Revisiting the Basics of Data Breaches
Data breaches have become quite commonplace. We often hear about large data breaches in the news. We see emails from our favorite stores and banking institutions alerting us to the most recent data breach. Think about how many times your bank has mailed a new debit card because of a data breach or you received an email or letter offering credit-monitoring service due to a data breach.
Data breaches can be frustrating in our personal lives, but how often do we think about what caused that data breach and how that relates to our companies and careers? We assume that if we were ever in that situation we would absolutely know what to avoid, but would we really? How many times did we hear about a coworker clicking a link in an email, or someone responding and providing their password or other sensitive data? It happens, especially when you have a heavy workload and are under deadline pressure.
Many organizations have their IT department or cybersecurity team send reminders to employees to participate in annual security awareness training. Every year, I follow up with my employees and make sure it is on everyone’s to-do list, including my own. Usually, the scenarios portrayed are simple and basic, with titles such as “Email and Phishing,” “You are the Shield,” “Browsing Safely,” and “Data Security.” Completing each video and quiz takes approximately 10 to 15 minutes to complete. Although many of the tips are common sense or common knowledge, it is helpful to have the reminders on an annual basis.
Additionally, it is important to not only participate in this training, but to also go back and review the current data security in place and how it fits into your policies and procedures. Prior to reviewing policies and procedures, it is also important to understand the basics; including what is data security, what information should be protected, what a data breach is, how it can happen, and who is responsible when a data breach occurs.
What Is Data Security?
Data Security is keeping sensitive information protected whether you are accessing, transferring, processing, archiving, or deleting the information. As many organizations rely heavily on technology, many data security solutions will include cloud access security, data encryption, hardware security modules, key management, web browser security, biometrics, and email security. While technology is an important part of our daily jobs, many of us still use paper. Protecting hard-copied data is just as important as protecting data in the cloud and on an organization’s network. Making sure that computer screens and cabinet and office doors are locked is also an important part of keeping sensitive information secure. Even when shredding sensitive information, it is important that the data be disposed of properly. At many organizations, especially in finance and human resource departments, there is a wealth of information on employees, company policies and procedures, and other company specific-information.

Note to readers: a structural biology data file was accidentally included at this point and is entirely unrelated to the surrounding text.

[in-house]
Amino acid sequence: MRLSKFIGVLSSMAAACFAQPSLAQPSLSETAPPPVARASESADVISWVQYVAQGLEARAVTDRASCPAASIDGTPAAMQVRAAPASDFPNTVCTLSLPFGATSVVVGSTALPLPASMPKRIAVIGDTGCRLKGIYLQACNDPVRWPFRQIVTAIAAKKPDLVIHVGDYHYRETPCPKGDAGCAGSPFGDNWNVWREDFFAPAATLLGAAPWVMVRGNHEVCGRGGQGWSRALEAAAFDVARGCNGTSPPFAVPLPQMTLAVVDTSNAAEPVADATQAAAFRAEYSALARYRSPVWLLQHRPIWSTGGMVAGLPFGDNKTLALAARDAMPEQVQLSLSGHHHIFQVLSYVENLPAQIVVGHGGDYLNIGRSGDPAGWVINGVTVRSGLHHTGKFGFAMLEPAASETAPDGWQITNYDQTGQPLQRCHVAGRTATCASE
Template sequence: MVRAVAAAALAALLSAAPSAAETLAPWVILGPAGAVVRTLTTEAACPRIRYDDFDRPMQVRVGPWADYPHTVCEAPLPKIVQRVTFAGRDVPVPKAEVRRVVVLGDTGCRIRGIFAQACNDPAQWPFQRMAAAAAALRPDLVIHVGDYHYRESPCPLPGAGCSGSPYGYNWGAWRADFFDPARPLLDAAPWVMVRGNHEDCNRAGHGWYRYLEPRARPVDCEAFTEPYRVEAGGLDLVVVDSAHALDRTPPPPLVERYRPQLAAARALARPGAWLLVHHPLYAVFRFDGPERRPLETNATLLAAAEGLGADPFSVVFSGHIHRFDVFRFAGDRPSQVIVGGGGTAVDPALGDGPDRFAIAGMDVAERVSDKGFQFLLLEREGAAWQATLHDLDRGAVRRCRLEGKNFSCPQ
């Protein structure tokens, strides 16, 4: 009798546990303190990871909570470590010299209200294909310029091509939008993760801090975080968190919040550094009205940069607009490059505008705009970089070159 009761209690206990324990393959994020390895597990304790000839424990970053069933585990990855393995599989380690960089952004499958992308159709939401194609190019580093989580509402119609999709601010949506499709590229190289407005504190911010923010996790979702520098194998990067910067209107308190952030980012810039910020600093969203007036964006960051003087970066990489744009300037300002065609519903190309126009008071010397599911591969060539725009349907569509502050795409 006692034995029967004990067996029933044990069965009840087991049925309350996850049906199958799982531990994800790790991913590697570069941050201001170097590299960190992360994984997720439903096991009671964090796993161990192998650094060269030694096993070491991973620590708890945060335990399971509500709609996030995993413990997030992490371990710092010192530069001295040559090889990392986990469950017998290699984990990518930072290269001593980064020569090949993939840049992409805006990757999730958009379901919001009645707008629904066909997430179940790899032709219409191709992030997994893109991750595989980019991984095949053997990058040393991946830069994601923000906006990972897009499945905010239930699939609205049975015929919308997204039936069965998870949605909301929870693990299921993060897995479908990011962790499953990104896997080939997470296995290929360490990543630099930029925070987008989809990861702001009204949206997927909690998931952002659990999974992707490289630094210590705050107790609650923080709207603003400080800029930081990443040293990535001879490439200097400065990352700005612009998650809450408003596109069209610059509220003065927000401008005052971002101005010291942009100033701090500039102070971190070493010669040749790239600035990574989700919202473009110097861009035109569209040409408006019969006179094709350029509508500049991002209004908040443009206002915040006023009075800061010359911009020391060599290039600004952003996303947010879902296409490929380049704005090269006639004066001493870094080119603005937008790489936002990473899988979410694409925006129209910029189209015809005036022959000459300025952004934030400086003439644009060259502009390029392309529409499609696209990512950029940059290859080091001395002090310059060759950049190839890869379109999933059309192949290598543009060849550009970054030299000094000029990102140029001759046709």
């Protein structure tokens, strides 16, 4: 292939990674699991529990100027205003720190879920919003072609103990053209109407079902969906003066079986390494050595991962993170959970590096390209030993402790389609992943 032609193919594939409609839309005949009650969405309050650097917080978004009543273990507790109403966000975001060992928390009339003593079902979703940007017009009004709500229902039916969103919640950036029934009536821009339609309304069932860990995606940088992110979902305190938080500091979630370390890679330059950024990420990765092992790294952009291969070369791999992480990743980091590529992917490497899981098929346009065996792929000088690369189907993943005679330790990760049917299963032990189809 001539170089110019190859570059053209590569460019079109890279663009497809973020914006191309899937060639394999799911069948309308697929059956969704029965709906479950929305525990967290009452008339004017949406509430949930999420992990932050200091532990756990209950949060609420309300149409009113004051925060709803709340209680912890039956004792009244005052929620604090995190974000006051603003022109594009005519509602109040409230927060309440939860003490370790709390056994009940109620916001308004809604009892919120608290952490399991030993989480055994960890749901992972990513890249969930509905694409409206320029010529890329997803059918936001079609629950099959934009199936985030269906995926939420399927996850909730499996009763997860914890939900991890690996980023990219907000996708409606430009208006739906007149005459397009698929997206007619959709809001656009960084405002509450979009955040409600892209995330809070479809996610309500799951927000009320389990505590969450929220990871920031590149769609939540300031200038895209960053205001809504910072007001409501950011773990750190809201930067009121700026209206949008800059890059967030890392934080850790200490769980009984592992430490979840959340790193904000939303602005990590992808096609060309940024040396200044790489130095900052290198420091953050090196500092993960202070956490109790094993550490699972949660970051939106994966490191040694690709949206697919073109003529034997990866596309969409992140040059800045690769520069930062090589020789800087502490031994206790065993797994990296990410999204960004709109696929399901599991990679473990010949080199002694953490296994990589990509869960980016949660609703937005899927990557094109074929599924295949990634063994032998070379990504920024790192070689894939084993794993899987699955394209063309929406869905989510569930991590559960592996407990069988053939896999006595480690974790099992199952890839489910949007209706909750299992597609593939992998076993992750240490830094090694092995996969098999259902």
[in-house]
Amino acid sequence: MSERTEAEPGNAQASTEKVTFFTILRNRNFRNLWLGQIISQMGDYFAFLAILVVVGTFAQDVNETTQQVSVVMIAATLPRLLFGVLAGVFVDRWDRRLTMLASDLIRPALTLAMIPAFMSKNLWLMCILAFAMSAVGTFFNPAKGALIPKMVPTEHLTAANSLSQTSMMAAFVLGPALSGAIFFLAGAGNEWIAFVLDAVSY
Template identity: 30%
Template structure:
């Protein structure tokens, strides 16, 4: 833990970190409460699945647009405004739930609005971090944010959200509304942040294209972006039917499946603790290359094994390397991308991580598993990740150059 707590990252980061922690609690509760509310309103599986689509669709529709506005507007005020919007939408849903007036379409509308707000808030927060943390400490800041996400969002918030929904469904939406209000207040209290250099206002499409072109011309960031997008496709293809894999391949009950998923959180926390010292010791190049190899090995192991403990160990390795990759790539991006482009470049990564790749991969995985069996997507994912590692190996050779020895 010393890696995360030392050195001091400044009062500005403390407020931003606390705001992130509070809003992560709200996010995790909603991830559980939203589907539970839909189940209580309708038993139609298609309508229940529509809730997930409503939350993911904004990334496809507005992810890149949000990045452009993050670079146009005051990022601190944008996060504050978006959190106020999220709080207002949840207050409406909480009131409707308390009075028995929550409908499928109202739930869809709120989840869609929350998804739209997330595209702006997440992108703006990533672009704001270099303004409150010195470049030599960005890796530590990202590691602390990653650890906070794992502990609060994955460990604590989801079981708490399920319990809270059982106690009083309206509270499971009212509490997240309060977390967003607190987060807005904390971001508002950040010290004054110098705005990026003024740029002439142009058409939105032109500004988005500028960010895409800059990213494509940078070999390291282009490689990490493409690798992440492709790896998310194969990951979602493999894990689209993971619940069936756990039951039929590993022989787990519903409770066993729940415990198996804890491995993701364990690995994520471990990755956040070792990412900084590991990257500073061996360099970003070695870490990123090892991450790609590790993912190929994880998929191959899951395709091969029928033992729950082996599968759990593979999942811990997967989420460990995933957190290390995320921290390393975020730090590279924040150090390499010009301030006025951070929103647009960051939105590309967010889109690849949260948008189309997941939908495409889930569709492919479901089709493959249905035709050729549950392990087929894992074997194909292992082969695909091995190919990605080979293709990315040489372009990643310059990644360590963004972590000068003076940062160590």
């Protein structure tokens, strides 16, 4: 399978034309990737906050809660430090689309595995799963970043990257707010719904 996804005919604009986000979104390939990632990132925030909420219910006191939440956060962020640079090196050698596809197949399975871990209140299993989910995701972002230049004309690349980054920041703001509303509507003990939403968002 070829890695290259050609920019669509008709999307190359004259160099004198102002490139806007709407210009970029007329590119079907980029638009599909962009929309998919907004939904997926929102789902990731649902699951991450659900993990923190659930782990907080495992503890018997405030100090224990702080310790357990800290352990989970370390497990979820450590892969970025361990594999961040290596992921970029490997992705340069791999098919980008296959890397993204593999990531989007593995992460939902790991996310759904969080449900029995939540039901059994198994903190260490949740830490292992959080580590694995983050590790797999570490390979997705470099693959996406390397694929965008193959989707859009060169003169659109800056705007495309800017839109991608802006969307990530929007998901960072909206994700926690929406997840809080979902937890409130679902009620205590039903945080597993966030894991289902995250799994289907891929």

What Information Should Be Protected?
So, exactly what is sensitive information that should be protected?
Sensitive information that may require a data security protocol includes protected health information (PHI), personally identifiable information (PII), and trade secrets or intellectual property. Whether your payroll department reports into human resources or finance, much of the information handled on a daily basis will be considered PII and/or PHI.
PII is information that can be used to identify, locate, or contact a specific individual. PII is not data that can lawfully be made available to the public in the form of federal, state, or local government records. Examples of PII data include an employee’s social security number, driver’s license number, bank account number, full name, date of birth, home address, phone number, employment history, and email address. Even a photograph of an employee is considered PII. An important note is that personal information that does not associate the data with a specific person is not considered sensitive data as that information is unable to be used to identify, locate, or contact a unique individual.